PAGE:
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Cosmetics & Personal Care



24 hour perfection – lashes, locks, lips and face

By our Editorial team - 05/03/2018

Richard Giles, EMEIA Manager, Technical Service & Development Manager Personal Care at AkzoNobel Surface Chemistry, explains how to create products with long-lasting, consumer-driven effects.
 
Long lasting perfection is the demand of the modern consumer, who believe moisturizers should last all day, colour cosmetics should never smudge and hair should look perfect from dusk till dawn.
 
Is it feasible to rise to these expectations?
 
CKH (Global) found the answer when we spoke to Mr Giles in advance of his technical presentation at in-cosmetics Global – if you are attending in-cosmetics Global in Amsterdam, you can hear his presentation on 17th April in Technical Seminars Theatre 1 at 1:40 pm.
 
How has this expectation for ’24-hour perfection’ evolved – it wasn’t there in my mother’s day!
Mr Giles: The consumer wants to feel confident that they look perfect at any moment throughout the day, this is especially true for the younger generation as their social day is longer and involves more communication through social media. We feel that the underlying issues are frustrations with smudging, smearing and wear of eye and lip make-up and by frizzing-out or loss of volume and style for hair.
 
How does a formulator create a moisturizer that lasts all day?
Mr Giles: We tend to focus on a good long-lasting humectant such as Hydrovance (INCI hydroxyethyl urea) which provide 24-hour corneometry performance and skin firming, but without the tackiness of glycerine when dosed at higher levels (4% and above); this should be used in combination with a good emollient such as dicaprylyl carbonate.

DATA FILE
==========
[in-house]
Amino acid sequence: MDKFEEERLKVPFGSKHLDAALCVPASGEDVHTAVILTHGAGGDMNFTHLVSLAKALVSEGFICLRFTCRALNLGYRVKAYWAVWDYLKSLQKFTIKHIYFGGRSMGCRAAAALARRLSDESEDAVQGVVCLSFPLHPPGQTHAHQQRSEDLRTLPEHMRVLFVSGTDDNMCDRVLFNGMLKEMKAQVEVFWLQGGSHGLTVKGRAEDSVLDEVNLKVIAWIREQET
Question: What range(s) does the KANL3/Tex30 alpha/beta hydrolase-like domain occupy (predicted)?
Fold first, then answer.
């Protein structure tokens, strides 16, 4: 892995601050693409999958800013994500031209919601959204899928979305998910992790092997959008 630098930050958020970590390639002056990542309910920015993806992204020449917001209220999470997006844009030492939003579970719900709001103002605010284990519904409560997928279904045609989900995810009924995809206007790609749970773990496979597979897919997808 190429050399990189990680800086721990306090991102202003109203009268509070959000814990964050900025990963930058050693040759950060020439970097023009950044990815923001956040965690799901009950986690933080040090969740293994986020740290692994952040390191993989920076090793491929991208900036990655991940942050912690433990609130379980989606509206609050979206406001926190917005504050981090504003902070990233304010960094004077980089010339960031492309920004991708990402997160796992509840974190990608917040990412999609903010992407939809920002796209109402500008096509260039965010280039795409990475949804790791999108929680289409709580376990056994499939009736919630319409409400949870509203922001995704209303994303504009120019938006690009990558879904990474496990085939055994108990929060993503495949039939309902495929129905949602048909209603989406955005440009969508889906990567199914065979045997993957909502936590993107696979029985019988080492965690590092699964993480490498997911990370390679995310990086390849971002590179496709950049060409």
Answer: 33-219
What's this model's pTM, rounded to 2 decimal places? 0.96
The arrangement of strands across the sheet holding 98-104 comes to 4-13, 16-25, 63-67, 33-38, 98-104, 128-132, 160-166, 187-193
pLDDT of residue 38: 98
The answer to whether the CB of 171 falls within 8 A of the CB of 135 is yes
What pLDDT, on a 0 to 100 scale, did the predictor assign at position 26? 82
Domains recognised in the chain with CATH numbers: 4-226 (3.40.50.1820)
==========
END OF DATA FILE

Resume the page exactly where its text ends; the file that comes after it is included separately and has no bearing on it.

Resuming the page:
How can colour cosmetics be prevented from smudging?
Mr Giles: For eye make-up and mascara a good quality water resistant film forming polymer such as Dermacryl C (INCI Acrylates Copolymer) allows the formulator to create a clump-free colour film that when applied smoothly and strongly, resists smudging due to touch or tears.
 
How can lip applications be formulated to withstand consumers’ eating and drinking?
Mr Giles: Lipcare Dermacryl 79 (INCI Acrylates/Octylacrylamide Copolymer), allows the formulator to create a flexible, very water and touch resistant colour film that is particularly resilient to smudging due to eating or drinking.
 
How do you prevent powdered cosmetics from ‘brushing off’?
Mr Giles: In the market, we see a trend towards make-up fixing sprays often using Dermacryl 79 (INCI Acrylates/Octylacrylamide Copolymer) or Dermacryl AQF (INCI Acrylates Copolymer) that prolongs the look of powder make-up and protects it from brushing off.
 
How can hair products be formulated to provide a longer-lasting hold?
Mr Giles: Humidity in the air is the most significant cause of a style failing or frizzing-out throughout the day. So, to prevent this we recommend using styling polymers with very good high humidity curl retention performance, (a standard industry test that assesses how well a product can maintain a style under humidity stress). The best performing products we have seen for this benefit are the Amphomer polymers (INCI Octylacrylamide/Acrylates/Butylaminoethyl Methacrylate Copolymer).
 
Are these longer-lasting formulations good for the skin and hair, or do they come with added issues of their own?
Mr Giles: In terms of skin care the film forming polymers typically improve TEWL and so improve the moisturization levels of the skin. Although the products give a water and/or touch resistant film they are balanced to be readily removable with mild soap and water cleansing.
 
 
Interview with:
Richard Giles, EMEIA Manager, Technical Service & Development Manager Personal Care at AkzoNobel Surface Chemistry, Hamnvägen 2, S-444 85 Stenungsund, Sweden
T: +46 (0) 303 85163; E: richard.giles@akzonobel.com